Monday, January 04, 2016

Smoking in the name of science


Back in 2011 I already published a report about "La Méthode de Jacques Puisais", a method which recommends the following:
"...(the) recommendation is to cut the cigar AFTER lighting up and to blow through the cigar before you take the first draw, to remove all "impurities" from it..."
Honestly I use this method since approx. 4 or 5 years and somebody asked me about the unusual way of firing up my cigar when I was at the shop of Portmann in Kreuzlingen a while ago. Coincidentially around the same time I was asked by friend of mine (who's also writing for the magazine www.cigarlovers.com of which I'm also a part in the meantime) for my impression of a parallel smoke and pictures of a cigar comparing the two different ways. He also smoked with another friend the Montecristo No. 4 out of the 50ct humidor which has been released in Switzerland at the end of 2012, so we're again three people smoking 6 cigars out of the same box. And to make a long story short: our impressions were more or less the same.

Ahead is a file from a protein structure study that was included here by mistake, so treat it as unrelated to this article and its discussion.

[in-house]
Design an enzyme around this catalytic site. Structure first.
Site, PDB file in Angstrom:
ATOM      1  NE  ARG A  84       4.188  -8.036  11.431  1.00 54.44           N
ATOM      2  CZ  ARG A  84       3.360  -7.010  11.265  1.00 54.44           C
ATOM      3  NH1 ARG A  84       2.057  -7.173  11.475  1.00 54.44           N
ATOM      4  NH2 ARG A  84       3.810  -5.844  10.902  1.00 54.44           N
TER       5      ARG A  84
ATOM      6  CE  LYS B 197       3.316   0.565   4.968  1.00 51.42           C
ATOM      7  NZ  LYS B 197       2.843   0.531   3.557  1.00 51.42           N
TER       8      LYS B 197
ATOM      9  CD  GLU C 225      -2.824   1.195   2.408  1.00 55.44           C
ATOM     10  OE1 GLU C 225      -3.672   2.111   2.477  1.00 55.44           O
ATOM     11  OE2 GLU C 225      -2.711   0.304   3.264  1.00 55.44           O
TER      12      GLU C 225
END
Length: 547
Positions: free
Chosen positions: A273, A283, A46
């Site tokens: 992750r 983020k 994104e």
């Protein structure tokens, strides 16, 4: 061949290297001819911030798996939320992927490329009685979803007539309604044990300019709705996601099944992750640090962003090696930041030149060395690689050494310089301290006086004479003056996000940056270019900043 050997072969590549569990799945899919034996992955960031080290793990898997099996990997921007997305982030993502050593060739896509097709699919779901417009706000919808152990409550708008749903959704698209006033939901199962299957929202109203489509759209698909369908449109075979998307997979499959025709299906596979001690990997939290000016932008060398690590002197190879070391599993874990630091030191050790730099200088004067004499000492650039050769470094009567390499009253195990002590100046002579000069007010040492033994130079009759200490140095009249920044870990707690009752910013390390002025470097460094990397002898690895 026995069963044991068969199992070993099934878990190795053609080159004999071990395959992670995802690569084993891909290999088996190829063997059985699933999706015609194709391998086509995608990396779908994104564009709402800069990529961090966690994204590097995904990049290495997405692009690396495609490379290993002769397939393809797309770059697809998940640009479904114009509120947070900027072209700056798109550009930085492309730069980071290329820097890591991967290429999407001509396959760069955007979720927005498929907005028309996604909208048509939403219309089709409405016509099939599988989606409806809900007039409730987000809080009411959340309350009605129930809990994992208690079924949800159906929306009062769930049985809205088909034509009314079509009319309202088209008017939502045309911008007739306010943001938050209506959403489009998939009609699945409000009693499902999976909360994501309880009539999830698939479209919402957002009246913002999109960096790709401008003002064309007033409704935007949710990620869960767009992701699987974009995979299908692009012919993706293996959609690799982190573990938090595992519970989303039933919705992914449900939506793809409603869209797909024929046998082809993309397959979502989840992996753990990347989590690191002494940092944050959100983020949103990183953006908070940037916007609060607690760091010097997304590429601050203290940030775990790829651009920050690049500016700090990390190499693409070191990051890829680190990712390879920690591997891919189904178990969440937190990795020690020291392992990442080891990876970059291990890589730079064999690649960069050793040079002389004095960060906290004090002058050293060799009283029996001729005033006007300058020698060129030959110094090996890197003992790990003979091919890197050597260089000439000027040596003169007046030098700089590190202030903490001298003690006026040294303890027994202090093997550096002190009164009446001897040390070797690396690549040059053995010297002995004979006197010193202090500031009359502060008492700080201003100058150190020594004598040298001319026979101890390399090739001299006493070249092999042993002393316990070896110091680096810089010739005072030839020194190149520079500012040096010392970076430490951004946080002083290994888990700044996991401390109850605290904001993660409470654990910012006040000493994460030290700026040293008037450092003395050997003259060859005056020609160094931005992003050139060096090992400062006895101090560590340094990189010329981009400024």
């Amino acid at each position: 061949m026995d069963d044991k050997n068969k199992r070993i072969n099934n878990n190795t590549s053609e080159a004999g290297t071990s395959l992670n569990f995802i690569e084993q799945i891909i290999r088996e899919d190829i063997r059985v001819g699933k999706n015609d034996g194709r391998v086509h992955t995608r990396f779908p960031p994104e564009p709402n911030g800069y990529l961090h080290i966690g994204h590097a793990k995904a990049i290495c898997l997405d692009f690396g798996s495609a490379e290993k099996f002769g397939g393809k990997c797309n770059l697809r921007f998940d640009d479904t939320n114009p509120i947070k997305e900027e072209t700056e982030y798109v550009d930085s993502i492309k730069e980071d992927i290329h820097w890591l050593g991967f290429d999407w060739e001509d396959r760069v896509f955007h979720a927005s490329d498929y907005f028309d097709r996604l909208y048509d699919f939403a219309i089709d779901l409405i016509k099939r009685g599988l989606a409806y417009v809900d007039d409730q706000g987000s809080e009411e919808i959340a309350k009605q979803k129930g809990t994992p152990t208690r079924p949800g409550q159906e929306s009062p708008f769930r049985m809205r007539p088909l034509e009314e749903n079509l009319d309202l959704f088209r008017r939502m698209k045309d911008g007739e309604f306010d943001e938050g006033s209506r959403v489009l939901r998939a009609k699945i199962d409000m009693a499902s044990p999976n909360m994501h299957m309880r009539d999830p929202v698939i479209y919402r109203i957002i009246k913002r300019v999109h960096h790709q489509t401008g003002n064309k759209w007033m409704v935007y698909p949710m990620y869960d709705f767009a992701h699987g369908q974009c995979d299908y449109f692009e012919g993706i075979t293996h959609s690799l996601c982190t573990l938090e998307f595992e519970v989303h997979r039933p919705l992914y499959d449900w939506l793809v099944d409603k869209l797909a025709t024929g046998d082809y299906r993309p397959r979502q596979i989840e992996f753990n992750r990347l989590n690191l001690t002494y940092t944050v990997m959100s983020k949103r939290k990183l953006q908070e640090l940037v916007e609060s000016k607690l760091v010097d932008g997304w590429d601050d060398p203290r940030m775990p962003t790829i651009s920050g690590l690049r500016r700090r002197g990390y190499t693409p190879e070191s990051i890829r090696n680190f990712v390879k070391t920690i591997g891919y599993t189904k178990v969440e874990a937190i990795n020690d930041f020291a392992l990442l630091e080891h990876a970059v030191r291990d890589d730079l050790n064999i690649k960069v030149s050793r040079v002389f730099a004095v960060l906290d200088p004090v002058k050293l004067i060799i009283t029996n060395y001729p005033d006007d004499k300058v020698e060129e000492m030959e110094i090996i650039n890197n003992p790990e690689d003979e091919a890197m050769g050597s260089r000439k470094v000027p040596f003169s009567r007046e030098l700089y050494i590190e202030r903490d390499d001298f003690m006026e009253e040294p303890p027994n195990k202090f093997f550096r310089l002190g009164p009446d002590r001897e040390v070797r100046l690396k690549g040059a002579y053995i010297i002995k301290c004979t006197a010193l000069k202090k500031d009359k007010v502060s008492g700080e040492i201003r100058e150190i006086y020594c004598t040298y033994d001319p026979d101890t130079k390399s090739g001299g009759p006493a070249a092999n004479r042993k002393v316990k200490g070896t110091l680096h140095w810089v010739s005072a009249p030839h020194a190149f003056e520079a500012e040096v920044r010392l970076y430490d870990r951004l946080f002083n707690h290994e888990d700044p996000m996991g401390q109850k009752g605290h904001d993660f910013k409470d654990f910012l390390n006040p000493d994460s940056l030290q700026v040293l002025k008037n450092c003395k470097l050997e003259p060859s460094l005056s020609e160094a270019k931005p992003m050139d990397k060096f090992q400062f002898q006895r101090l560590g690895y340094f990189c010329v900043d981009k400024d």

Due to the fact that I wrote not so much in the article back in 2011 I picked up the topic again and planned to go a bit more into the details. I wrote it also for the cigarslover magazine (it's been published in issue No. 7), maybe some have read it there already.

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Montecristo No. 4, 50ct. humidor for Switzerland from 2012

For this test both cigars were fired up with the same lighter, a Dupont soft flame lighter. One cigar was cut after the lighting (and purged by blowing through before the first puff), the other one cut and fired up as maybe 95 % of the smokers all around the globe do it.